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Those contributions consisted of soiled sheets, various vials of bodily fluids, and whatever expenses were not covered by insurance. But I was still alive, so obviously Northwestern had done something right by me, and she charmed me into a solemn vow to dig deeper. However, I set terms. There's a move afoot to knock down the old Prentice Women's Hospital, I reminded the cultured English lady, and I ask you to use every last iota of your influence to prevent this travesty.
I sensed hesitation, even confusion, at the other end of the line. When I pressed my point, it became clear that my caller had never heard of the old Prentice Women's Hospital and had nothing to do with Northwestern Memorial; she was a telemarketer sitting in a call center earning a few grubby dollars. I tell the story to establish that the battle to save Prentice did not begin yesterday and to make it clear which side I'm on. Also to make the point that Northwestern Memorial is no less shameless than anyone else.
All this said, the continuing campaign to save the Bertrand Goldberg-designed building—and the ongoing media coverage of same—puzzles me. In an article in last week's Reader, Ben Joravsky referred to the "relatively cloutless crew of architecture buffs" waging the campaign; it's an accurate enough description, I suppose, but what neither Joravsky nor anybody else writing about Prentice has reflected on is how odd that is.
After all, between 1975, when the building was completed, until 2007, when Prentice moved into new quarters, a generation of powerful Chicago women had babies there, and many of those babies are themselves now grown and influential. Yet though Jonathan Fine, executive director of Preservation Chicago, claims to have built a "broad constituency" for preserving Goldberg's cloverleaf-shaped building, that constituency doesn't include anybody who's specifically invested in the history of the hospital. Abra Prentice, principal funder of the old Prentice and the new, was approached but wasn't interested in joining the campaign—her concern is with the hospital's function, not its container.
But what about June Rosner? One of Chicago's most prominent publicists, Rosner was married to the late Dr. Marvin Rosner, who before his death in 1995 was the obstetrician of choice for just about every Lincoln Park woman I've ever known who delivered at Prentice. Fine said the name rang a bell, but "I haven't spoken to her." Lisa DiChiera, director of advocacy of Landmarks Illinois, told me, "I am not familiar with her. I'll take down her name." June Rosner's sister, Lois Weisberg, is Chicago's former commissioner of cultural affairs; she hasn't been approached either.
DiChiera gave birth at the old Prentice in 2002, but most of Chicago's movers and shakers once served by that hospital are sitting out the battle. "We do know that there are a lot of prominent people in Chicago who had children there," DiChiera mused. "But it's interesting—we have not been able to get any feedback [from them] from any of our public campaigning." One of those mothers (her baby delivered by Marvin Rosner) told me by e-mail, "Have never heard anyone talk about 'loyalty' to the old bldg for any reason."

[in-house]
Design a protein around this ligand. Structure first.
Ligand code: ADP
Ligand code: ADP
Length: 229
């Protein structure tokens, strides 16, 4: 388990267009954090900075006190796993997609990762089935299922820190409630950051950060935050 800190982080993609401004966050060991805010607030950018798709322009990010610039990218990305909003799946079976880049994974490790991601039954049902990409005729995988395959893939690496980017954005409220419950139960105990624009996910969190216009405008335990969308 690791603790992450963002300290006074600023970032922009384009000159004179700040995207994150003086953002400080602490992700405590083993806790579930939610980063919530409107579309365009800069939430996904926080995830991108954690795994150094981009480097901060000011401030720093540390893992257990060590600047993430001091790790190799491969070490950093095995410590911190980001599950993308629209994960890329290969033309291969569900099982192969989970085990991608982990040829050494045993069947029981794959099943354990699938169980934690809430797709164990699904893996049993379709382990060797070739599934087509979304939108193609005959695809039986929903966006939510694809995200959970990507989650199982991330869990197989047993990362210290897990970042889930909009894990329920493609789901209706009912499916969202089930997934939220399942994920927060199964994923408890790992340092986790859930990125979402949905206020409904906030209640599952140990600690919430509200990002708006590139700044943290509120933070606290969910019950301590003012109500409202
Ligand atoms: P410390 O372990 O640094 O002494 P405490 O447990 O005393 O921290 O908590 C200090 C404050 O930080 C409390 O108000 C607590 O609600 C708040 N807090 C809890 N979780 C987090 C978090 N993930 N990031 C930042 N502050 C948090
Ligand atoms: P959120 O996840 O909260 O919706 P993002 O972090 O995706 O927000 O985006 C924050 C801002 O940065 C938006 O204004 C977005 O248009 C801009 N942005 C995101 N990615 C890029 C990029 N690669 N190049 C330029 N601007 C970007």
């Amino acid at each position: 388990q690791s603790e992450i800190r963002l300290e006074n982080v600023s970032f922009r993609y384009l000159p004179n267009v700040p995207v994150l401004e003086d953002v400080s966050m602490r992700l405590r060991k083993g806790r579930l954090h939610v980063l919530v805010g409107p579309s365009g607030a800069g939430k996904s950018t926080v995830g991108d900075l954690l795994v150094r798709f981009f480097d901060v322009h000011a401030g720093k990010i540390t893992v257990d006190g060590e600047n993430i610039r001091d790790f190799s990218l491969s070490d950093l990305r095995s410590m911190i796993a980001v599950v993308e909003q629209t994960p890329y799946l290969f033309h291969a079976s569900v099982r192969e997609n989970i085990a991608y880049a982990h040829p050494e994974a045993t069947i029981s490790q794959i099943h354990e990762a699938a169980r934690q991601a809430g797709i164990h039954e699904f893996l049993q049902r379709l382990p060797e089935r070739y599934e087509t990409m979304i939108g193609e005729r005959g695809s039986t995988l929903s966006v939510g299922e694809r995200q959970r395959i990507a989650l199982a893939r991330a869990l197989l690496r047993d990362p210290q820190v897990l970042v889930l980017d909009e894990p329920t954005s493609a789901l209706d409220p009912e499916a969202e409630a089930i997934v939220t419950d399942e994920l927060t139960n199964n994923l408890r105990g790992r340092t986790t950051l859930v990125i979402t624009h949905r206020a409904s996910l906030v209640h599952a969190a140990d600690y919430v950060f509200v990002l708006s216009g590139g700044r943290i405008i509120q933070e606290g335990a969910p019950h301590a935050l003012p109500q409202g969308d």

As for the neighbors, SOAR—the Streeterville Organization of Active Residents—hasn't taken sides. But president Bruce Corson tells me this is out of respect for the feelings of the "small, zealous minority" that wants to save the hospital. Most of the members, he says, hold one of two positions: "We don't care. It doesn't matter to us." Or "It's the ugliest damn thing in the neighborhood. Get rid of it or I'll throw up every morning."
This doesn't mean no support for Prentice is possible beyond the hard-core preservationists. It means public support won't come knocking on the door. The preservationists will have to go out and find it, educate it, and organize it. Is June Rosner a place to start? I called her. "I'm sure my husband would not want to see it knocked down. Nor do I," she told me. "They should save it. They're going to be so sorry in years to come that they've destroyed the architectural icons. They're not thinking or they don't care. My husband would be out there blocking them. "
POSTSCRIPT. The August 12 Tribune editorial "Let Northwestern Build: Old Prentice building should make way" was written by the editorial board's Marie Dillon, whose husband, Rich Gordon, teaches at Northwestern University's Medill School of Journalism. If this is a conflict, which some champions of the old Prentice seem to think, it's a small one. It's a stretch to say that Gordon's job makes Dillon in any way beholden to Northwestern; she's beholden, all right, but to the Tribune's editorial position in favor of demolition that was set out 16 months ago in an editorial Dillon didn't write.